Right now, I’m in a unique position where I lead two innovative teams. One is focused on sustainable weed control solutions, and the other is focused on cell sciences and imaging. Both teams help ensure farmers have the tools they need to grow our food.
My love for science started at a young age. I grew up in Quito, Ecuador, and was exposed to the rich biodiversity throughout the country. As a young boy, I was filled with curiosity when it came to farming and I spent hours exploring outdoors to see what wonders I could find. I would analyze the soil, examine the crops, and constantly be on the lookout for the animals who called our farm home. As I got older, I started to better understand the intricacies surrounding farming, especially in our farm near Quito and my community.
Growing up, I was also an avid gymnast. Training daily, gymnastics was about discipline, focus, perseverance and sportsmanship. The highlight of my gymnastics career was when I represented Ecuador at the 1993 World Championships in Paris. Through gymnastics I could travel the world, and ultimately it is the gymnastics program at East Stroudsburg University in Pennsylvania that led me to the United States. But two years later, the program ended, and I was left wondering what I should do next. I remembered the challenges my family experienced in farming as I grew up. One year, we lost our entire harvest to a hailstorm. Managing those kinds of situations is what ultimately encouraged me to dedicate my career to science.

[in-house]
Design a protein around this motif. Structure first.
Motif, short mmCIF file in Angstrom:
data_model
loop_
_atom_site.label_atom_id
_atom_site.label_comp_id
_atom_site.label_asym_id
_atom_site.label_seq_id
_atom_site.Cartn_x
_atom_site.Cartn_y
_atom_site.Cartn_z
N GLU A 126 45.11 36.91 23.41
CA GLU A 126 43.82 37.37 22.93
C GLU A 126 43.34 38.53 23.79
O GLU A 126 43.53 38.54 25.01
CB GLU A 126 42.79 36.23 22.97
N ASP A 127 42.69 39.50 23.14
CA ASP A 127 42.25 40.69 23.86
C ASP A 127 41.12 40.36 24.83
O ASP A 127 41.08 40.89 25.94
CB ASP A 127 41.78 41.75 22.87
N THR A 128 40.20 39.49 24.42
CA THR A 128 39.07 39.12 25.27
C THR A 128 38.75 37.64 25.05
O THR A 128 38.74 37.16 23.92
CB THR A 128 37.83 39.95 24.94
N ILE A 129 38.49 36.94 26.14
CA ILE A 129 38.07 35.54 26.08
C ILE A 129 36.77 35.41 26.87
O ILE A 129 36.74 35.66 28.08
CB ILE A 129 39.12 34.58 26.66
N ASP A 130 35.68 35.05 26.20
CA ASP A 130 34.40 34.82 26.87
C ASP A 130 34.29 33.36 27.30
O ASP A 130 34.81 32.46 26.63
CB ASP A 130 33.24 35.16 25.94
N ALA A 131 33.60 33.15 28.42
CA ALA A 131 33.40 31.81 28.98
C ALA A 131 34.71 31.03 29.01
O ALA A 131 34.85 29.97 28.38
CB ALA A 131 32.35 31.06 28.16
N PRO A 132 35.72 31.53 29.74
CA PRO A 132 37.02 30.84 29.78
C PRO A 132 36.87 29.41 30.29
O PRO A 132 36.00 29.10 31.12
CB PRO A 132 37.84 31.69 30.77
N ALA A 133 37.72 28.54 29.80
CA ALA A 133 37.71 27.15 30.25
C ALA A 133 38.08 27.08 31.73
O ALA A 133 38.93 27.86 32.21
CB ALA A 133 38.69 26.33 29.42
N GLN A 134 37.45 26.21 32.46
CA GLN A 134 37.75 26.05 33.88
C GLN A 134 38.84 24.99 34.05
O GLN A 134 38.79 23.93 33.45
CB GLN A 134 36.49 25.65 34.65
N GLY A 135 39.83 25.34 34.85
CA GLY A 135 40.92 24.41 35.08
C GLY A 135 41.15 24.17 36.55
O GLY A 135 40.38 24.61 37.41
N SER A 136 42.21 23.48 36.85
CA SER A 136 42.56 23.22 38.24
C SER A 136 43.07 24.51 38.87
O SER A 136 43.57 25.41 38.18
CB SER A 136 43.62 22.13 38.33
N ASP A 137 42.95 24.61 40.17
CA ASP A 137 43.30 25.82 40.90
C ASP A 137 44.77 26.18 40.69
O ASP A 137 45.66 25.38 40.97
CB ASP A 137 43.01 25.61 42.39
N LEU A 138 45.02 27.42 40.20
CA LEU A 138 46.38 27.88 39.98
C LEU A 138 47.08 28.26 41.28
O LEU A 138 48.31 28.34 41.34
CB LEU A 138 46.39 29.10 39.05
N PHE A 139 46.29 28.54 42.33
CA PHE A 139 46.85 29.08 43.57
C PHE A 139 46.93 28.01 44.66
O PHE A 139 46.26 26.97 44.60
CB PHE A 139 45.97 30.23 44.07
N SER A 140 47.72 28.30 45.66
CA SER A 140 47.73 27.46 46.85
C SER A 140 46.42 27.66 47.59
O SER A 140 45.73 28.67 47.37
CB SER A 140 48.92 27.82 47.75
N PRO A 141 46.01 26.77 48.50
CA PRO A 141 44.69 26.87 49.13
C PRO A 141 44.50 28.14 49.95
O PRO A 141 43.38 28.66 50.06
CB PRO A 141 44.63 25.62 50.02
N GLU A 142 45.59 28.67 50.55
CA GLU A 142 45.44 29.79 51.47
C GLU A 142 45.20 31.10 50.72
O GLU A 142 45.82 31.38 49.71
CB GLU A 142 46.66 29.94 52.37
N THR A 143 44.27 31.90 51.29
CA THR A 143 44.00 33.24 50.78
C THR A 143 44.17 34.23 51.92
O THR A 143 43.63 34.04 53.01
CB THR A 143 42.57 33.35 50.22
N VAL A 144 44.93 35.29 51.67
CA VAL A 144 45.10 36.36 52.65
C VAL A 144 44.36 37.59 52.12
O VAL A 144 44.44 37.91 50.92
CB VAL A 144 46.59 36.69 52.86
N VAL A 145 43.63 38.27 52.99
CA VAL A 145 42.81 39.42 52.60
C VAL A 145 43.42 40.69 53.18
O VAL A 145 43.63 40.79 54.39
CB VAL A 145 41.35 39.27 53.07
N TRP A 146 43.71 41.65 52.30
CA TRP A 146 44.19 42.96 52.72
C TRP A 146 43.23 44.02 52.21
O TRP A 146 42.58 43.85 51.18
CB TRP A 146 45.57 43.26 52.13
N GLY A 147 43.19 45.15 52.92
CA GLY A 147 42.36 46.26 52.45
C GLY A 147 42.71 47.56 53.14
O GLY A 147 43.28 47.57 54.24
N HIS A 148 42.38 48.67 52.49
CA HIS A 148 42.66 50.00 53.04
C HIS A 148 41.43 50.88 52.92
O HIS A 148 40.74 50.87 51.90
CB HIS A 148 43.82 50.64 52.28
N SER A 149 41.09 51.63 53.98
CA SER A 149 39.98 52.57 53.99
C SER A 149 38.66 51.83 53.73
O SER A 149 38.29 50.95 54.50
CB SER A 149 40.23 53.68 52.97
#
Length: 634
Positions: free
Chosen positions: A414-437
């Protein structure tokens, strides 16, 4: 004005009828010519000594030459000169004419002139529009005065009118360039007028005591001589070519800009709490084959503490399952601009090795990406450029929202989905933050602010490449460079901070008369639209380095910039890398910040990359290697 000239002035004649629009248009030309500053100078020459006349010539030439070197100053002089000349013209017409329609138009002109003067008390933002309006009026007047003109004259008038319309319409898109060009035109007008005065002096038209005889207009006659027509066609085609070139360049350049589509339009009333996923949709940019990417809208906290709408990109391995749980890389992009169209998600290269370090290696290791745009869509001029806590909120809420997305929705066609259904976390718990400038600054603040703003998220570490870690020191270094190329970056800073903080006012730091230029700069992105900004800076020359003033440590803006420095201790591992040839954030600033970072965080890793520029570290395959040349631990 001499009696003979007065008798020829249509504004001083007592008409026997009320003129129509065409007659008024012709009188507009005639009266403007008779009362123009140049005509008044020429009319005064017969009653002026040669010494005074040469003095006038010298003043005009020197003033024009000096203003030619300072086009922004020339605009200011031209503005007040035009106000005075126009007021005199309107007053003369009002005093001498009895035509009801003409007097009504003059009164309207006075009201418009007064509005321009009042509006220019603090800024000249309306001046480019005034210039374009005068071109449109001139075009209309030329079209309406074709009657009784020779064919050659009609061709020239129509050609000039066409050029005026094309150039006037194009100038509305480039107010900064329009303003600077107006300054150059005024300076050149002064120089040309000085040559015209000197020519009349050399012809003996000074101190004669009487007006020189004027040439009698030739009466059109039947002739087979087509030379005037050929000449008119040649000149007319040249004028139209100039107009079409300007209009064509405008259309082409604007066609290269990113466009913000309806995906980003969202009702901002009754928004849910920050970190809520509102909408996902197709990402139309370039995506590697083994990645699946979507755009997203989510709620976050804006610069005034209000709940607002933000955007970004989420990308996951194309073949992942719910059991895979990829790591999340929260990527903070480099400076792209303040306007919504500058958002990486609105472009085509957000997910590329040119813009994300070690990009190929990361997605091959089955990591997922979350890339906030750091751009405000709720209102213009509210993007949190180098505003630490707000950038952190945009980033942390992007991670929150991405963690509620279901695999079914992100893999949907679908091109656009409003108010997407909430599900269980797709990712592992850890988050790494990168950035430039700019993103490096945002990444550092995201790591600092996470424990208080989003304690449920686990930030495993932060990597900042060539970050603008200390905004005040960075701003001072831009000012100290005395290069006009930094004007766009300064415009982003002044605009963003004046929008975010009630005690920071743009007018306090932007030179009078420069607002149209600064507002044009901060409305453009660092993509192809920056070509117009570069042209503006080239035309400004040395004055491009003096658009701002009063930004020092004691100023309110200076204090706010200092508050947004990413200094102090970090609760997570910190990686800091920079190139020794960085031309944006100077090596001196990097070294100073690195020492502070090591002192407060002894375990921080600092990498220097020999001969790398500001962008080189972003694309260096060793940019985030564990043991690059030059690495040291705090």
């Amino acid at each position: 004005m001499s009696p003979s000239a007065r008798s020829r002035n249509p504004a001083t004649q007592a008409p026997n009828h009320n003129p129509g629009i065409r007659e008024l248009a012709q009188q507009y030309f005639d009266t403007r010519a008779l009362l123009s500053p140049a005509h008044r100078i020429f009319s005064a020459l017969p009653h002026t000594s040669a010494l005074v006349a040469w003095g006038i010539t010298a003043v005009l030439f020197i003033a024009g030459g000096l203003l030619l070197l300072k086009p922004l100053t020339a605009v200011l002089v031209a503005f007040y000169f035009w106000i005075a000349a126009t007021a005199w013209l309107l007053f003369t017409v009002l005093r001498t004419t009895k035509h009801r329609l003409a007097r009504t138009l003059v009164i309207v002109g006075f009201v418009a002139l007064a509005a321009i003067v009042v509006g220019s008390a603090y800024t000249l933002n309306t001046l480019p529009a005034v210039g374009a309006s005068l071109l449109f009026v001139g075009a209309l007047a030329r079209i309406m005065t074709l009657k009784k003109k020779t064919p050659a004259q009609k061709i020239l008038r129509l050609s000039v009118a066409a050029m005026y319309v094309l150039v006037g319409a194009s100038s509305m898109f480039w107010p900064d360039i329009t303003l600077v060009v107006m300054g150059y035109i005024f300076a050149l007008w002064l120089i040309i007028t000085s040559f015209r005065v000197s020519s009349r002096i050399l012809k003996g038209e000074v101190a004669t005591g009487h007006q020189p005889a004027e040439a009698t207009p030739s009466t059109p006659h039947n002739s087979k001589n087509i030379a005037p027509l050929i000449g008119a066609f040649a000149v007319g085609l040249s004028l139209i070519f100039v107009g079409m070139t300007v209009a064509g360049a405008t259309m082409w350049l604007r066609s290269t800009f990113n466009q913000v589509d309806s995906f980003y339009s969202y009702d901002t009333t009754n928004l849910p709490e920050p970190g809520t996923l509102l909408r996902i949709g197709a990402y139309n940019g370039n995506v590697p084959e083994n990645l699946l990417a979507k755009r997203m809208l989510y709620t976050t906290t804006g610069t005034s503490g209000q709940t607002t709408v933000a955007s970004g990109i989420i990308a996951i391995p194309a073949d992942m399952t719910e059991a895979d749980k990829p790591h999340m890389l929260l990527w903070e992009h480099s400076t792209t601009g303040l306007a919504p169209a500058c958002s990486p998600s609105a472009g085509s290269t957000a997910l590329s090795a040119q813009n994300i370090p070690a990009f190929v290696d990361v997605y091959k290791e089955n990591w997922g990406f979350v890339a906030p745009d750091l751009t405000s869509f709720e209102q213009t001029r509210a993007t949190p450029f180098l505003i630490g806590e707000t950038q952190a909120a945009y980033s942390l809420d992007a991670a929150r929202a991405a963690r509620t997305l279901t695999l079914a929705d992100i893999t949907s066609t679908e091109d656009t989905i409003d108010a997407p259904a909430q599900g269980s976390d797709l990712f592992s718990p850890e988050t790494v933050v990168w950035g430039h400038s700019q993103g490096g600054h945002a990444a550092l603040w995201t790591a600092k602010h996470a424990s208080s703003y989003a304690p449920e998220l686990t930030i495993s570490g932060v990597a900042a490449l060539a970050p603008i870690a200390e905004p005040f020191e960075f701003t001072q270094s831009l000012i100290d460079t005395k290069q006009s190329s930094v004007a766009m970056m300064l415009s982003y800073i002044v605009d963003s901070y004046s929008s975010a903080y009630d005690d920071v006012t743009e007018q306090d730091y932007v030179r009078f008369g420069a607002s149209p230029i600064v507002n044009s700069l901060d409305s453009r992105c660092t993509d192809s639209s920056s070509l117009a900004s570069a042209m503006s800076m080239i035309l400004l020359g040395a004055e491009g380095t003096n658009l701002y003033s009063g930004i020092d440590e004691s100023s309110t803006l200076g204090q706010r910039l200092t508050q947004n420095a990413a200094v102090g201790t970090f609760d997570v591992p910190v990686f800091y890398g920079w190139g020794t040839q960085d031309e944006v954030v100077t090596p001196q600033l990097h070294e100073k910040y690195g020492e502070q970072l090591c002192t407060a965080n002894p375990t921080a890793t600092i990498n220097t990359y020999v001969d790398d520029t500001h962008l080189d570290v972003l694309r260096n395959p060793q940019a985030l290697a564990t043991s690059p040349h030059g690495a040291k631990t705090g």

When my career as a gymnast ended, it also marked my start as a scientist. I enrolled at Western Michigan University and focused on molecular and plant biology. I reclaimed my love for science while working on monarch butterfly research, and embarked on my path to becoming a scientist.
Advocating for science on social media
I strongly believe that scientists today are responsible for more than research. We are also responsible for advocating for science, and communicating with a non-scientific audience. For me, being active on social media allows me to share my story, answer questions, and be part of the conversation. For example, last year I wrote a blog post about sugar beets and sugar cane. Shortly after, I was on Twitter and saw someone who was tweeting questions about the environmental impacts of growing sugar beets. I quickly responded to her and shared the blog post I had written. Social media allowed me to answer her questions and help her learn more about the sugar industry in a matter of minutes.
Social media may be a challenging space for scientists because it’s filled with extremes. But channeling your voice, finding that balance while being respectful, and searching for common ground is always a good start when engaging on any social platform. There are people who want to hear from you and learn about what you do, so take time to make those connections and have those conversations. We need more scientists on social media, and we need more scientists who can inspire the next generation.